Although UT has compensated for state appropriation cuts by increasing tuition and implementing internal reductions, the University’s self-supporting entities have increased their budgets in the last few years while paying millions of dollars into the academic budget.
University operations that generate external income are considered self-supported, and come from two sources: auxillary enterprises and other entities. Auxiliary enterprises include Intercollegiate Athletics, the Division of Housing and Food Service and the Frank Erwin Center. Other entities include KUT Radio and the McDonald Observatory. The self-supporting portion of the University budget for the 2012-2013 fiscal year is $386 million, or 16 percent of UT’s $2.3 billion total budget. Most of the self-supporting portion of the budget comes from auxiliary enterprises, which total $281 million, a figure that has steadily increased for the past decade.
Kevin Hegarty, vice president and chief financial officer, said auxiliary enterprises play a vital role in maintaining the University’s financial budget by paying into the University’s academic budget despite the fact they don’t receive tuition dollars.
Auxiliary enterprises are required to contribute 3.25 percent of their gross revenue to reimburse the University for administrative services, including accounting, human resources and legal services. They are also required to contribute any income from investments.
“The thought is that we benefit from them and they benefit from us aside from the back-office operations we provide,” Hegarty said. “These auxiliary activities contribute to campus in many different ways, so we incentivize them to go out there and do their best.”
Hegarty said the University began collecting 3.25 percent contributions and investment income in 2008 to offset reductions to other areas of the University’s academic budget.
Intercollegiate Athletics, the University’s largest auxiliary enterprise, makes up $137 million of the budget — a $56 million increase since 2006, including a $23 million increase in 2011 after the launch of the Longhorn Network.
The athletics department usually contributes between $15 million and $20 million to the University’s academic budget each year, including revenue from trademarks sales and the Longhorn Network, Hegarty said.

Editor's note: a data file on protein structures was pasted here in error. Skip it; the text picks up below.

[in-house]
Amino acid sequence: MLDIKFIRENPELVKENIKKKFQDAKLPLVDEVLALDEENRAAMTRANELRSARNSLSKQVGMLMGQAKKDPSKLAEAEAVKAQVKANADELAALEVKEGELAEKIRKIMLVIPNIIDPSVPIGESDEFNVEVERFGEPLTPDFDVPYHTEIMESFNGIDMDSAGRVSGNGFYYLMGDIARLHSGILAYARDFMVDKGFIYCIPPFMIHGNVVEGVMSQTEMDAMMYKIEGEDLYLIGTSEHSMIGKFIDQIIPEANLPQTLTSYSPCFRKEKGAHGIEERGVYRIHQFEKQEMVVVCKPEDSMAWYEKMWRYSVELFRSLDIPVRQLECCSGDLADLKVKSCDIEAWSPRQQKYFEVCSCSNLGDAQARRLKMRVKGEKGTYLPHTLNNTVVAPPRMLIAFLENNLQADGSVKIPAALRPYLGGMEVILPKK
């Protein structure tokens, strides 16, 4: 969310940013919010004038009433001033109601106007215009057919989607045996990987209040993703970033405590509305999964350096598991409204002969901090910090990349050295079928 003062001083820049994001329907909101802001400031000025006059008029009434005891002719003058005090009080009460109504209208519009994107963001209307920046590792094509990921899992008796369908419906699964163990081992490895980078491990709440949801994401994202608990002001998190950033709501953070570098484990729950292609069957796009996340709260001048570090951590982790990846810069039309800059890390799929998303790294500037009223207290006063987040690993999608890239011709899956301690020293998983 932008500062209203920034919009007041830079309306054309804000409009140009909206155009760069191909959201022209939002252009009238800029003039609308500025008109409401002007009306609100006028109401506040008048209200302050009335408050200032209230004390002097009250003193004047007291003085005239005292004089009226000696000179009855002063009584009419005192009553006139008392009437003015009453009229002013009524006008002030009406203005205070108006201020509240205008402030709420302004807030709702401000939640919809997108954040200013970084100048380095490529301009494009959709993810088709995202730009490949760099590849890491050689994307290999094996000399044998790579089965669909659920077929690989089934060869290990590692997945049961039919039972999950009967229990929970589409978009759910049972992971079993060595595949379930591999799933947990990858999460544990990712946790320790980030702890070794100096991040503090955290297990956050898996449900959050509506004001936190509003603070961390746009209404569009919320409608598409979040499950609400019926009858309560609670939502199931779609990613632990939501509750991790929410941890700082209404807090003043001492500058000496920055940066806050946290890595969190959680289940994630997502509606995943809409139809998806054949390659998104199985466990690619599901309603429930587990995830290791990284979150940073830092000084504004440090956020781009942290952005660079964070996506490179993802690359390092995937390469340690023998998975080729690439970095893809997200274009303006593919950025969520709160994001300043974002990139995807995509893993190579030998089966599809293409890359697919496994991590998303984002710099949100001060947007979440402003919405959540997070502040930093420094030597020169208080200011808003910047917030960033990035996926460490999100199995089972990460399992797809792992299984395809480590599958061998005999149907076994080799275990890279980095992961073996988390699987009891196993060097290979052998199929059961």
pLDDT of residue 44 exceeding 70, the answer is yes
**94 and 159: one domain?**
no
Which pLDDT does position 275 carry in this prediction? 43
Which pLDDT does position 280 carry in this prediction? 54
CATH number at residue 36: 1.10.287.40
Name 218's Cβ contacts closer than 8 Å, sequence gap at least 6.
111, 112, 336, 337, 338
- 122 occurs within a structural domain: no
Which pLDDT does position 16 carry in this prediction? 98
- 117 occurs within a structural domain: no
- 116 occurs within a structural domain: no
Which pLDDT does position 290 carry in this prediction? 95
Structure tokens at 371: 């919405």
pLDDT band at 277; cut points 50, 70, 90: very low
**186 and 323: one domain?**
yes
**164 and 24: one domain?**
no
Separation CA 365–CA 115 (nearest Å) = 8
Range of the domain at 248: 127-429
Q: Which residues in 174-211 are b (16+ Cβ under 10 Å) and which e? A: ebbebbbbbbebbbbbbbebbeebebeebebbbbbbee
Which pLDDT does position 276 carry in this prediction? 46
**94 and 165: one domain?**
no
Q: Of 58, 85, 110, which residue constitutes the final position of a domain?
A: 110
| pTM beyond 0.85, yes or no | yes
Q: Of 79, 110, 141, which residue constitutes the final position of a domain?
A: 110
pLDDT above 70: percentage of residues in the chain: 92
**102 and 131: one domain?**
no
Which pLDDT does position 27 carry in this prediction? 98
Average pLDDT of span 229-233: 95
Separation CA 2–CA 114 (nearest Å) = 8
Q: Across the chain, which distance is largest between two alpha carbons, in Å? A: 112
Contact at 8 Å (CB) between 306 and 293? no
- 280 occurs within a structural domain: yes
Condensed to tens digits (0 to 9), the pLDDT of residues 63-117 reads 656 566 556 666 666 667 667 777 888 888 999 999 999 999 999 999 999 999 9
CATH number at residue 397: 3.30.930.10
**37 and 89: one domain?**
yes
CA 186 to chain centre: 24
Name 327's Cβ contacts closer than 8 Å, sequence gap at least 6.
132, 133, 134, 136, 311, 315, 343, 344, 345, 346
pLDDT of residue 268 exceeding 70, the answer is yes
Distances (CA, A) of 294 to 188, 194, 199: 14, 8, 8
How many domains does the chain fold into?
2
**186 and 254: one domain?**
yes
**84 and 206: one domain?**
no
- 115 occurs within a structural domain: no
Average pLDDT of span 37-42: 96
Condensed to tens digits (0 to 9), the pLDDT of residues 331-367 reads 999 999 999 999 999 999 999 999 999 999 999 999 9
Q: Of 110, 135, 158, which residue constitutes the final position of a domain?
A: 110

The University also has access to all profits from the AT&T Executive Education and Conference Center, the University’s third-largest auxiliary enterprise, Hegarty said.
“We sit down and decide what amount we want to set aside for future capital and renovation,” Hegarty said. “The rest goes to the University’s academic budget and the McCombs School of Business.”
The Division of Housing and Food Services is the University’s second-largest auxiliary enterprise, and its budget has increased $16 million since 2006. Hegarty said the division usually contributes $1 million to the academic budget every year.
The division’s budget increase comes from room and board rate increases in recent years, Heather Pruitt, assistant director of financial services for the division, said.
Room and board rates have consistently increased for the last 11 years, including a 2.5 percent increase this year and an average 3.9 percent increase annually, according to figures obtained from Pruitt.
“The cost of labor and cost of food has gone up, and we have been investing in renovation projects with all expenses coming from our revenue,” she said. “At any given time, we have around 1,000 employees, and we pay all salaries including those of administrators.”
As the upcoming state legislative session approaches, Hegarty said the University will continue to look for ways every business affiliated with UT, including auxiliary enterprises, can contribute to the academic budget in the event of funding cuts from the state. During the last legislative sesion, the University faced a $92 million decrease in state funds. State general revenue makes up 13 percent of UT’s $2.3 billion annual operating budget.
Printed on Thursday, October 18, 2012 as: Self-supporting entities assist funding